The Difference Between Rugby Union and Rugby League
Rugby Union, also commonly referred to as scrum, is an organized close contact team sport which originally originated in England in the late first half of the nineteenth century. Among the two codes of rugby, it is perhaps based on continuous running with the ball on the ground. Unlike the game of soccer, where the object of winning is to score the most goals, in rugby union the objective is to score the most points. This game is usually played with nine men including two goal keepers and three substitutes.
The most fundamental rule of rugby union is that the forwards are to keep the ball firmly in front of them at all times, while the backs have to chase the ball and attempt to kick it out from their opponents’ hands or behind their own backs. A try is scored when a player, out of play, intercepts the ball first from a team in the scrum. A penalty is then given to the team if this happens. If there is no penalty but the other team still continue to play with the ball, a penalty kick is given by the referee, who may also ask the players to return the ball to the centre circle or back to their own side of the field.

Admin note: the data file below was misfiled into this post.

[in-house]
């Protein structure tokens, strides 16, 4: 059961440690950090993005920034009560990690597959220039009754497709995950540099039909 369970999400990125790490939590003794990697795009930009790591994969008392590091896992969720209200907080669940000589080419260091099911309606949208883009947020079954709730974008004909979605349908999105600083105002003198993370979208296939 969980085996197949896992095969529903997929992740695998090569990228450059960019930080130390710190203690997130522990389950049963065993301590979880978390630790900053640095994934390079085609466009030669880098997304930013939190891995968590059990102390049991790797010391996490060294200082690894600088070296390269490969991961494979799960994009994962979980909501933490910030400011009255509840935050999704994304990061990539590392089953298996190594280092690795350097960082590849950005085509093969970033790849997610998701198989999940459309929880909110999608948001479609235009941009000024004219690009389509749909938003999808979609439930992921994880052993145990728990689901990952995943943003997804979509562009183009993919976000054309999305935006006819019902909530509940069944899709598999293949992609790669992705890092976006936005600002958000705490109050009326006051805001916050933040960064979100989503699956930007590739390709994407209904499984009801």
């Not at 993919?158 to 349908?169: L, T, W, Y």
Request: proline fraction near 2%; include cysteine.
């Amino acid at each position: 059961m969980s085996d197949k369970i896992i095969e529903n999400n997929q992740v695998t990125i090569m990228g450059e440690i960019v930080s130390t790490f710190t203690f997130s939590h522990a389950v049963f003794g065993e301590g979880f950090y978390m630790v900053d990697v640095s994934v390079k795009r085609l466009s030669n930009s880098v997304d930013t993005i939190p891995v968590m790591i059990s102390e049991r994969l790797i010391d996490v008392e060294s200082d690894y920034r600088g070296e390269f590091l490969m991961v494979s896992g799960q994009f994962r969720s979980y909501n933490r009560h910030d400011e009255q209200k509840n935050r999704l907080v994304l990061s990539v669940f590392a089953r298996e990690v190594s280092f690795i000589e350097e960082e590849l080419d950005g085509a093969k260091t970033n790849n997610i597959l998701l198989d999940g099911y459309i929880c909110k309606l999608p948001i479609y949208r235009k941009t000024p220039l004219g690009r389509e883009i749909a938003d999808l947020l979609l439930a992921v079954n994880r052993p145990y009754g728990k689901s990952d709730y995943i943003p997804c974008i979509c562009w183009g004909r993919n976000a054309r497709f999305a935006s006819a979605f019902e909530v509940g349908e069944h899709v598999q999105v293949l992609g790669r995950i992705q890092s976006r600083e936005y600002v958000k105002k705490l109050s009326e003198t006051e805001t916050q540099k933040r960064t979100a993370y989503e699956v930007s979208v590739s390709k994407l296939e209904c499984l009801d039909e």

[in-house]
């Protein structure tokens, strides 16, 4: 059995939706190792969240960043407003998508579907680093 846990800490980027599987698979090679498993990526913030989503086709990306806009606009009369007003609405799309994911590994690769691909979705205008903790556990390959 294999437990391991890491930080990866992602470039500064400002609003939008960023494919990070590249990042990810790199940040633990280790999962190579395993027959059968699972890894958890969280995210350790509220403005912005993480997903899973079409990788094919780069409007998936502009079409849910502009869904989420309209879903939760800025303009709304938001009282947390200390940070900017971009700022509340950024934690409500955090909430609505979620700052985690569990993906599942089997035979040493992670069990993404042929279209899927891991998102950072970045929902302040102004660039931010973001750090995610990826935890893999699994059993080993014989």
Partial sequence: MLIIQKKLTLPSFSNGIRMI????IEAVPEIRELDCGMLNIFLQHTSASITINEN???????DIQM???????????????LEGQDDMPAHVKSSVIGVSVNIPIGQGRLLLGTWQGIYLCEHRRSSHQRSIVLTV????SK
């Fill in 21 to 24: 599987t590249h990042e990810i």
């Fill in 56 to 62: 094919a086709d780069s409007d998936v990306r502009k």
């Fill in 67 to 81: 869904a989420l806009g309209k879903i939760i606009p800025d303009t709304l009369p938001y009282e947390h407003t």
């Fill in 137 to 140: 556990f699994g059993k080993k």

The major difference between rugby league and rugby union is the way the ball is played. In the former, with very little room for movement, players run about the field touching and holding each other, while in the latter the ball is tackled with the feet. The most important thing to note is that when tackled, the head is part of the body. It is therefore more difficult to prevent a tackle in rugby union than in soccer. Although it may be easier to beat the defenders when tackling than it is to keep the ball from hitting the ground, the position of the player can play a major role in winning or losing a game.